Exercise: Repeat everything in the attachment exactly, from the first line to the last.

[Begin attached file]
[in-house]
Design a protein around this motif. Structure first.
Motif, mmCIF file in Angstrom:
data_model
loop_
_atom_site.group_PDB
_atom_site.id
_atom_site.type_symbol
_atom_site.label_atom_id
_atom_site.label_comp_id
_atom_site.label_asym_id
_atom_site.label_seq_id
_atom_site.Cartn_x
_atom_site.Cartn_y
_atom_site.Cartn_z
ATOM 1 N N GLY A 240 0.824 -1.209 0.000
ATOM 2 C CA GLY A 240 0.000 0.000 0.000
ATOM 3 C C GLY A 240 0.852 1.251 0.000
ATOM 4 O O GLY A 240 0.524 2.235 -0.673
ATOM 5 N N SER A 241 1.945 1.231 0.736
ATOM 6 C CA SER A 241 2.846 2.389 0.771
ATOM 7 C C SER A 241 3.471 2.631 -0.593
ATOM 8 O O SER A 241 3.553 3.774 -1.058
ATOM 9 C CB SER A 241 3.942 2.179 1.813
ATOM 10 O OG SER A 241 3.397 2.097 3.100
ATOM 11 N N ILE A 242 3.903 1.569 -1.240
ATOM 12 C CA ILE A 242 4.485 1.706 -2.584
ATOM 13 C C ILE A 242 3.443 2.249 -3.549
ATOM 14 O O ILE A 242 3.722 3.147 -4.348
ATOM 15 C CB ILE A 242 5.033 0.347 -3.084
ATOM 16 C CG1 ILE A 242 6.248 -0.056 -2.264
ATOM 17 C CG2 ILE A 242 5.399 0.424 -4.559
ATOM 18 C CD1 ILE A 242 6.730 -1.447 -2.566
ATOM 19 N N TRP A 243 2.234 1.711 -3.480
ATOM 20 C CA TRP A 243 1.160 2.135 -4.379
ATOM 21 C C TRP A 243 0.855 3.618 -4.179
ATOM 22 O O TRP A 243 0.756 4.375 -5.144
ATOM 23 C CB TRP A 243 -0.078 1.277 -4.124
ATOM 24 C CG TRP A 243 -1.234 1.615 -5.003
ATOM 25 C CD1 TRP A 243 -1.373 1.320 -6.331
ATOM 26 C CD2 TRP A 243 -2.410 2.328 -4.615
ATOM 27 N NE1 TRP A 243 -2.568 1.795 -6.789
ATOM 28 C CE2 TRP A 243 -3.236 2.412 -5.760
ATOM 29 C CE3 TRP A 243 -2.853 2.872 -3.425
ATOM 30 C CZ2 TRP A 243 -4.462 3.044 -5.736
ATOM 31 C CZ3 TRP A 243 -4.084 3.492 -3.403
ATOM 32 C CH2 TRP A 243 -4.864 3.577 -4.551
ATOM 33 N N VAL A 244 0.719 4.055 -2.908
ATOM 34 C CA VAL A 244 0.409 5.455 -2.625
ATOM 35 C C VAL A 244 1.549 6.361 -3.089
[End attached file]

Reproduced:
[in-house]
Design a protein around this motif. Structure first.
Motif, mmCIF file in Angstrom:
data_model
loop_
_atom_site.group_PDB
_atom_site.id
_atom_site.type_symbol
_atom_site.label_atom_id
_atom_site.label_comp_id
_atom_site.label_asym_id
_atom_site.label_seq_id
_atom_site.Cartn_x
_atom_site.Cartn_y
_atom_site.Cartn_z
ATOM 1 N N GLY A 240 0.824 -1.209 0.000
ATOM 2 C CA GLY A 240 0.000 0.000 0.000
ATOM 3 C C GLY A 240 0.852 1.251 0.000
ATOM 4 O O GLY A 240 0.524 2.235 -0.673
ATOM 5 N N SER A 241 1.945 1.231 0.736
ATOM 6 C CA SER A 241 2.846 2.389 0.771
ATOM 7 C C SER A 241 3.471 2.631 -0.593
ATOM 8 O O SER A 241 3.553 3.774 -1.058
ATOM 9 C CB SER A 241 3.942 2.179 1.813
ATOM 10 O OG SER A 241 3.397 2.097 3.100
ATOM 11 N N ILE A 242 3.903 1.569 -1.240
ATOM 12 C CA ILE A 242 4.485 1.706 -2.584
ATOM 13 C C ILE A 242 3.443 2.249 -3.549
ATOM 14 O O ILE A 242 3.722 3.147 -4.348
ATOM 15 C CB ILE A 242 5.033 0.347 -3.084
ATOM 16 C CG1 ILE A 242 6.248 -0.056 -2.264
ATOM 17 C CG2 ILE A 242 5.399 0.424 -4.559
ATOM 18 C CD1 ILE A 242 6.730 -1.447 -2.566
ATOM 19 N N TRP A 243 2.234 1.711 -3.480
ATOM 20 C CA TRP A 243 1.160 2.135 -4.379
ATOM 21 C C TRP A 243 0.855 3.618 -4.179
ATOM 22 O O TRP A 243 0.756 4.375 -5.144
ATOM 23 C CB TRP A 243 -0.078 1.277 -4.124
ATOM 24 C CG TRP A 243 -1.234 1.615 -5.003
ATOM 25 C CD1 TRP A 243 -1.373 1.320 -6.331
ATOM 26 C CD2 TRP A 243 -2.410 2.328 -4.615
ATOM 27 N NE1 TRP A 243 -2.568 1.795 -6.789
ATOM 28 C CE2 TRP A 243 -3.236 2.412 -5.760
ATOM 29 C CE3 TRP A 243 -2.853 2.872 -3.425
ATOM 30 C CZ2 TRP A 243 -4.462 3.044 -5.736
ATOM 31 C CZ3 TRP A 243 -4.084 3.492 -3.403
ATOM 32 C CH2 TRP A 243 -4.864 3.577 -4.551
ATOM 33 N N VAL A 244 0.719 4.055 -2.908
ATOM 34 C CA VAL A 244 0.409 5.455 -2.625
ATOM 35 C C VAL A 244 1.549 6.361 -3.089